No Fish Guts: The Power of Simplicity

Leave the deck, bring the notecards.

By Steve Frechette

A VP walks into a CEO’s office, the room walled by floor to ceiling windows showcasing the blinking-light, city skyline. She’s got nothing in-hand but ten notecards and a pen. She lays the cards face-down on the broad, marble-topped desk, five stacks of two cards each. Each stack is labeled with a single word that describes her project, each written in black. The VP takes a seat and says to the CEO, “So, which of these would you like to talk about?”

The CEO is the head of a billion-dollar company. The VP is a woman who knows the power of simplicity, and put in the time and effort required to hone the message to its absolute core.

It’s been over a year and the cards are still on that CEO’s desk.

We’ve all been there. Securing the rare 30 or 45-minute time block to speak directly with a senior leader about a critical topic can be next to impossible. The inclination is to build that glorious 30-pager: a meaty deck that says “we did work!” — each slide encapsulating multiple layers of message, nuance, and detail. We stand at the ready, poised to leap onstage and belt out the opening notes of our operatic masterpiece: “Lead Customer Insights to Inform our Strategic Growth Initiatives!”

We have an idiom here at Jump called “No Fish Guts.” A Jumpster once saw a sign on a dock emblazoned with those words, and had an epiphany: it’s all about simplicity! The sign didn’t say: “When filleting native or non-native fish species caught in the coastal fishing region, properly dispose of all fish entrails in accordance with municipal law.” The sign said: “No Fish Guts.”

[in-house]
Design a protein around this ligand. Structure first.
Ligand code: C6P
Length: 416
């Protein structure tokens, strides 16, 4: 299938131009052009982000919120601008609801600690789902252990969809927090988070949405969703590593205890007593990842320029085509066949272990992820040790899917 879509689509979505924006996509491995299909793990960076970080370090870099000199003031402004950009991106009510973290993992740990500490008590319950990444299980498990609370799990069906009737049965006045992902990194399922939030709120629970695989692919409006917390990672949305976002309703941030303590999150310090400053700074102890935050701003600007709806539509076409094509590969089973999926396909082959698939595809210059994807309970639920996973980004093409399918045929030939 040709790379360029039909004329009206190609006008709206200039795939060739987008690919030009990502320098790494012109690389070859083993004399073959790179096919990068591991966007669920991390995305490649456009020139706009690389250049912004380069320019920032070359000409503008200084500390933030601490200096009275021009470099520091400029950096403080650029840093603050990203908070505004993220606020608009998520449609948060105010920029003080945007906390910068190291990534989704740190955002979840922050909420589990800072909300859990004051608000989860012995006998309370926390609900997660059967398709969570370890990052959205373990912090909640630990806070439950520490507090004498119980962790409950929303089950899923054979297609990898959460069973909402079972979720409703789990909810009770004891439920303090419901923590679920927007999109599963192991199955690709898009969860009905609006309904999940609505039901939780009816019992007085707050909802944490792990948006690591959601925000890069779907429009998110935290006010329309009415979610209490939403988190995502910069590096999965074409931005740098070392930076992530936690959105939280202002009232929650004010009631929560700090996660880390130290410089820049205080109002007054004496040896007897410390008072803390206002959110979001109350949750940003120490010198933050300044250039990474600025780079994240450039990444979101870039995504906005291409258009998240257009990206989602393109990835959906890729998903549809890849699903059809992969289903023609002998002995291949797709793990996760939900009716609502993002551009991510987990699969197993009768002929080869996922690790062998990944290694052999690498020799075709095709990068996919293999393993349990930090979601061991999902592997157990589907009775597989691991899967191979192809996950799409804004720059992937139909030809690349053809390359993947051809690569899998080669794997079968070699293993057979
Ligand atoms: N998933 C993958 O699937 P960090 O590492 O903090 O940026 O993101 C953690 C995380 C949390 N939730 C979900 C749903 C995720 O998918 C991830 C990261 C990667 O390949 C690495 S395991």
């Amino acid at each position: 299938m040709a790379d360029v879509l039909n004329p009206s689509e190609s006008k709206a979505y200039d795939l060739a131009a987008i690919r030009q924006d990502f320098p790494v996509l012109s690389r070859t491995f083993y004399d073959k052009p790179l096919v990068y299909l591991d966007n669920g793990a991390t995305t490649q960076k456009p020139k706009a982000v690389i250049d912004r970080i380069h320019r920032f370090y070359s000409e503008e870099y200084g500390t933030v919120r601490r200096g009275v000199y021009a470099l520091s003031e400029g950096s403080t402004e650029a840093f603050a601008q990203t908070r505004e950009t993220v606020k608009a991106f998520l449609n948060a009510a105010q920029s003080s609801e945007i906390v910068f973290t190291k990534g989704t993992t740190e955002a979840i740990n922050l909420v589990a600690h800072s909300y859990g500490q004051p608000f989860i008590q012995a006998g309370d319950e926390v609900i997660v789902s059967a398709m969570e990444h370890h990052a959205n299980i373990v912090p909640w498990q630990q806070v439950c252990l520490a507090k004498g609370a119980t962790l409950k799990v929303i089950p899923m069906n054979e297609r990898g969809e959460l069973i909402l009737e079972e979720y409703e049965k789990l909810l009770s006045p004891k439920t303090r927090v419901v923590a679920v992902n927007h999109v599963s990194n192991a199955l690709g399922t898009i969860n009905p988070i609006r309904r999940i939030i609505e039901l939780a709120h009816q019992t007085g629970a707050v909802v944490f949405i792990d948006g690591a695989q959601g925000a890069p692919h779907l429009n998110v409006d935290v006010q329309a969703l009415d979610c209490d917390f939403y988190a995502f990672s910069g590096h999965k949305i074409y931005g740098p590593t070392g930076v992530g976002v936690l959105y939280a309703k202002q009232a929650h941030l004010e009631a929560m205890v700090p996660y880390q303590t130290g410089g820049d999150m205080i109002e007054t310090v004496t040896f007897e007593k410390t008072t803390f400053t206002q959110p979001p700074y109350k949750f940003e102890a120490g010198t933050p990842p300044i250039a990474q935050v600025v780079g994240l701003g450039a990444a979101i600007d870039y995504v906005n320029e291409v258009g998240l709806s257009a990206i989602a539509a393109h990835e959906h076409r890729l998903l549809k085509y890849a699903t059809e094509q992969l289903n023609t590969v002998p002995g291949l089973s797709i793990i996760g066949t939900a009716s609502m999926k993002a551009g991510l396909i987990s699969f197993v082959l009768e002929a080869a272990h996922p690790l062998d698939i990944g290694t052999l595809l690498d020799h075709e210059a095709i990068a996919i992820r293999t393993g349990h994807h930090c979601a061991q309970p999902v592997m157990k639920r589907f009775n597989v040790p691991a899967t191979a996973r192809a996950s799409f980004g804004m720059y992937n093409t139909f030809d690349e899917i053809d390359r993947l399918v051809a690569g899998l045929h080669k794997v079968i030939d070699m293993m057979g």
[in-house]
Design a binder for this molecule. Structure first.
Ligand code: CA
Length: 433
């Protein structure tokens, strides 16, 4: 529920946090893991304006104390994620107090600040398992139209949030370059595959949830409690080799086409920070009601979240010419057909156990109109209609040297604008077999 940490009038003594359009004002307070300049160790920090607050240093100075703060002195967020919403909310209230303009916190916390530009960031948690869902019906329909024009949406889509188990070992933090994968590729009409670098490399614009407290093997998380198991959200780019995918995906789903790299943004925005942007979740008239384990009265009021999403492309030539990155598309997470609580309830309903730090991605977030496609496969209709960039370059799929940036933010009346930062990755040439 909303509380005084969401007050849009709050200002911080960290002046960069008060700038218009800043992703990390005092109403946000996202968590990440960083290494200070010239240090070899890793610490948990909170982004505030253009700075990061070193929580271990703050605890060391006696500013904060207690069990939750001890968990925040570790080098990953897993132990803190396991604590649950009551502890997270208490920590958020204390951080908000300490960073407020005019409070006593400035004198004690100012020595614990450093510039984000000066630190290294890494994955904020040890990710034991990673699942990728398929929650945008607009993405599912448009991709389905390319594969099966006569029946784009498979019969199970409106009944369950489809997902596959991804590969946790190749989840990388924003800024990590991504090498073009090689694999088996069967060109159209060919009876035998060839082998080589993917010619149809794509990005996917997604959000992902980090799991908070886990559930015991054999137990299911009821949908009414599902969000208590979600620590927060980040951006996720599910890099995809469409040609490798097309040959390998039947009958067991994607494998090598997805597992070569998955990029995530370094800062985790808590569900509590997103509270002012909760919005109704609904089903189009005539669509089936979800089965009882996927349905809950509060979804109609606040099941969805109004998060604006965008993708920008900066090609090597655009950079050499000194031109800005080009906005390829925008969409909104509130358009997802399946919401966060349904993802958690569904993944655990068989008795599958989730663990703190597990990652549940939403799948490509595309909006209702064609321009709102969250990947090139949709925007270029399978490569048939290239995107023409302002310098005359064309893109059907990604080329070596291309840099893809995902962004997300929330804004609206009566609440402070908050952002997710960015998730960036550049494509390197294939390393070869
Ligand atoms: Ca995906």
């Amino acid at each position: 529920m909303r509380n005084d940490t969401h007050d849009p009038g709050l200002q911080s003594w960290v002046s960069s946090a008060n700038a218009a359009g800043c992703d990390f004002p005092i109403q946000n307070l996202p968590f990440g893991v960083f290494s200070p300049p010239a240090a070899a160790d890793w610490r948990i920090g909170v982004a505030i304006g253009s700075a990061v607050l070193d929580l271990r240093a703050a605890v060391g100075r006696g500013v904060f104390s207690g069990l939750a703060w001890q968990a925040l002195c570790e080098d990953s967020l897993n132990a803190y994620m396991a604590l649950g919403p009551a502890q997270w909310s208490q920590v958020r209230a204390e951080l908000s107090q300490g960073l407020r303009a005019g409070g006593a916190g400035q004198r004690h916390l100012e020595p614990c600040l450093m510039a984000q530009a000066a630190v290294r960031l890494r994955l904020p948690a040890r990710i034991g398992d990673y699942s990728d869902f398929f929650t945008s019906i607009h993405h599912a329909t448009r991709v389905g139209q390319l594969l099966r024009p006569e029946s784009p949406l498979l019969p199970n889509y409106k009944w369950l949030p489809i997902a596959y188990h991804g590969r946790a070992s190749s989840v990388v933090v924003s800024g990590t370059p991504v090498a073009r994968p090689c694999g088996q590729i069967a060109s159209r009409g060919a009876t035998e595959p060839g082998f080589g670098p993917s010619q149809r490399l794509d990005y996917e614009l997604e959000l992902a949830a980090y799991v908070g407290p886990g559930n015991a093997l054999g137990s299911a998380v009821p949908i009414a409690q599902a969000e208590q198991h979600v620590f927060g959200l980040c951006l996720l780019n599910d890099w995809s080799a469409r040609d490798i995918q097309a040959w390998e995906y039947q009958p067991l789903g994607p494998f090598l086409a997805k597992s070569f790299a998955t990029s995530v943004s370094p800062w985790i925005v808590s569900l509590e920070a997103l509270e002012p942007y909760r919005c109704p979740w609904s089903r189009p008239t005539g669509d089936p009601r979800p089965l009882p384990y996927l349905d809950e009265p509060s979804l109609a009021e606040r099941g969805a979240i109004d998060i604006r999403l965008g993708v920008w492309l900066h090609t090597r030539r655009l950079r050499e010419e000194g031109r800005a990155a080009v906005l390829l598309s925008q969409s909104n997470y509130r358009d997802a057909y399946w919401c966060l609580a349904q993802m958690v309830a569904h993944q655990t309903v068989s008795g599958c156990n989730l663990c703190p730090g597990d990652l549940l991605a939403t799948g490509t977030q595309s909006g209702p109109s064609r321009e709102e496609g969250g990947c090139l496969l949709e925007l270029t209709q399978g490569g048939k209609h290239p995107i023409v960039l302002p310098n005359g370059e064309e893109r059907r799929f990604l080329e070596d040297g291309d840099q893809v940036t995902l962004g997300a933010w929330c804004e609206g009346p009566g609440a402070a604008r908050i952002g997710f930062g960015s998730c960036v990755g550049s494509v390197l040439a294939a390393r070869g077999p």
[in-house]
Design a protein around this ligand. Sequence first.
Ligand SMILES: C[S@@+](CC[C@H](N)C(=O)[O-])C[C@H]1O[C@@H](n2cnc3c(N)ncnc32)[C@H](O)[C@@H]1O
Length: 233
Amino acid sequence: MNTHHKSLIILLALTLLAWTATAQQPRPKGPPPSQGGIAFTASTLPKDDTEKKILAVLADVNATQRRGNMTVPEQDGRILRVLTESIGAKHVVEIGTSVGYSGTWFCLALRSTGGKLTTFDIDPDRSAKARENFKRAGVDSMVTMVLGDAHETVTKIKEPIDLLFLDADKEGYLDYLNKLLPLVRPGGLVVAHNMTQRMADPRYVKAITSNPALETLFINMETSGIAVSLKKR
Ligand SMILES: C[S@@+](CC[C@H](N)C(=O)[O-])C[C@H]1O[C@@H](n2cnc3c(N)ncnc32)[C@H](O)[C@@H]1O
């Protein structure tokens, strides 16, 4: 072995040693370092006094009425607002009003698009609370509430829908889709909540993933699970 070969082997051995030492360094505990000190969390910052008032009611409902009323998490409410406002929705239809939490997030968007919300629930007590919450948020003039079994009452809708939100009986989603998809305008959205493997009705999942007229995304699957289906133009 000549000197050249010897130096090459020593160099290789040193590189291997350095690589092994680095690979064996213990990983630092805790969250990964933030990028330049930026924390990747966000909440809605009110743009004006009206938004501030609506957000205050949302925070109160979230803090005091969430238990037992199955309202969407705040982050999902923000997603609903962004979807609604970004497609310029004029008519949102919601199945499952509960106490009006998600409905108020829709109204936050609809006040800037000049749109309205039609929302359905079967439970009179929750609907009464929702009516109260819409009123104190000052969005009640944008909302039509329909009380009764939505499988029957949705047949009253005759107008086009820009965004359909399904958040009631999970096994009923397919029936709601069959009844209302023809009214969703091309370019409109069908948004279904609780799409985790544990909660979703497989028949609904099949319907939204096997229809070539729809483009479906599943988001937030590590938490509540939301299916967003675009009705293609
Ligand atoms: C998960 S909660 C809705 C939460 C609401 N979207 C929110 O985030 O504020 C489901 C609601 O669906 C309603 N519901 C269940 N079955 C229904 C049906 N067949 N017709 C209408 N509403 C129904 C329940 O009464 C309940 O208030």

When meeting with that business manager, be prepared for a taxed, scattered, sleep-deprived person juggling a dozen different tasks (oh, and having the weight of the company on his or her shoulders). Think of ways to bring that person along with you. Keep that person engaged, in the driver seat, and learning as you go. And socialize the concept along the way, rather than waiting for a dramatic unveiling of the “operatic masterpiece.”

Spend your time honing the message down to its core, rather than trying to layer that third level of nuance onto your slides. Maybe you ditch the slides altogether and bring the note cards, or a few video clips, or physical prototypes.

Remember the words of our 17th century friend, Blaise Pascal: “I have made this longer than usual because I have not had time to make it shorter.”